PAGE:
Pizza Tower looks and sounds like practically nothing else in gaming right now, its wacky '90s Cartoon Cartoon-style animation accompanied by a bafflingly catchy soundtrack—think classic blue sky, turn-of-the-millennium Sega vibes pushed to even greater heights. Of its two primary composers, Ronan "Mr. Sauceman" de Castel came to music late, with Pizza Tower not only being his first professional work, but first publicly available music, period. Catching up with the other main composer, ClascyJitto (also credited as Frostix), I found out that while they've been publishing their own work for a lot longer, they're also still in high school.
Pizza Tower is already a game of the year contender in a packed 2023, with some of the crispiest, most inspired 2D platforming of the past 10 years forming the dough underneath that gorgeous art and bangin' soundtrack's sauce, cheese, anchovies, pineapples, etc. The indie devs worked on it for five years bolstered by an active Discord, and that community is where de Castel and ClascyJitto first came to the project as fans. "I joined the Discord way early in development and I started making remixes of some of the early versions of the songs that were out," ClascyJitto told me. De Castel had already been brought on as composer by lead developer McPig, and both were impressed by ClascyJitto's takes on the early soundtrack. "Ronan liked the remixes and McPig suggested the idea of bringing me on as another composer for the game."
The tracklist is pretty evenly split between both composers, with the chill main menu theme Pizza Deluxe provided by guest composer Post Elvis, and despite their different backgrounds and wide geographic gulf (ClascyJitto is based on the east coast of the US, de Castel in France), they managed to create a massive, yet very cohesive soundtrack united by that propulsive, funky, almost infectiously optimistic early aughts vibe. Seriously, it's nothing but pre-Financial Crisis magic, a timeline where Sega managed to keep making hardware.
The ice world (well, freezer world) track Celsius Troubles is my favorite of ClascyJitto's contributions, with this particularly dancy break in the song partway through that really gets me every time. The composer themself, meanwhile, singles out Wednesdays, What's on the Kid's Menu, Wudpecker (also praised by de Castel when we spoke), and to my delight, tutorial theme funiculi holiday. It's a lowkey take on 19th century Neapolitan anthem (and source of the pizza delivery song in the Spider-Man 2 game) Funiculì, Funiculà.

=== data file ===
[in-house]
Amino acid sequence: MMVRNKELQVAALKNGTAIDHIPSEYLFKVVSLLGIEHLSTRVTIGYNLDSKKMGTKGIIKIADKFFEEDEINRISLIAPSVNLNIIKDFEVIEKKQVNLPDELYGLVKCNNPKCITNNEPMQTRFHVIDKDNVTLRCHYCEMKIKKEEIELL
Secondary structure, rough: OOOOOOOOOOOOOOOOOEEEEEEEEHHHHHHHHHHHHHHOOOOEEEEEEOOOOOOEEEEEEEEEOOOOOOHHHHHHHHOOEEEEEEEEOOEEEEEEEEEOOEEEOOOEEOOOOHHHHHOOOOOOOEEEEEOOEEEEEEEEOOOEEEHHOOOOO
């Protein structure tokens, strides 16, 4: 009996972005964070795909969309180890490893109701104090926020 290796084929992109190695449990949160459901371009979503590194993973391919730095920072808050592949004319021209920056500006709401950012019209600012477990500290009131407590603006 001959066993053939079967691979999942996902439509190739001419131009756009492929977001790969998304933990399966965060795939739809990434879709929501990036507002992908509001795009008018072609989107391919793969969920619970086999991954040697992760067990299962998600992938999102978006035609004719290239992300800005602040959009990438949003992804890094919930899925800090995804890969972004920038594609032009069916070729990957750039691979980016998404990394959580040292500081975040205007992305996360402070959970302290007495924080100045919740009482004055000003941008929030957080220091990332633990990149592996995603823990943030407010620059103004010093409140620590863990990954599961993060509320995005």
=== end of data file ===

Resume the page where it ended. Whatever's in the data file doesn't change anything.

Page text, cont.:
While much of ClascyJitto's other music outside Pizza Tower has a focus on sampling and remixing (including the track Lonely Poisoner, which they cited as a favorite), Pizza Tower's OST required more traditional composition, something they characterized as getting them outside their comfort zone. "Making music for Pizza Tower is sort of like a fun little game for me," ClascyJitto said. "[It] definitely makes me do things I wouldn't normally do.
"Like in Oregano Mirage & Celcius Troubles, the melodies are very active in a way. They move a whole bunch. I look back and wonder how I had the patience to put in each note one by one. Nowadays I would get very tired doing that!"
It's such a great soundtrack I could barely believe ClascyJitto is still in their teens. It wasn't until we homed in on how Pizza Tower's success had affected their life that I asked if they had to balance working on it with a day job, and they told me the "only thing [they're] really balancing is school"—namely high school.
At the time of our conversation they were chafing at the strict formalism of a music theory class—a bit ironic, given the circumstances. Though they try to keep their work and persona online separate from their personal life, ClascyJitto acknowledges "it would be really funny to pull the 'do you know who I am?' card."
Aside from leaving the option of hitting a music teacher with a "I co-created a best selling soundtrack" on the table, ClascyJitto told me contributing to Pizza Tower hadn't rocked the boat on their life too much: "It's definitely grounded me in how much nothing changed at all."
"I was always confident that my music was good," they went on, "but seeing all these real people confirm that is very pleasant." ClascyJitto is still cranking away with new work on SoundCloud and Bandcamp under the handle RiZi, recently releasing the album Hi-Speed Explosion Device, while also tinkering on a couple games, too: Earth Mechanica and Kipidon.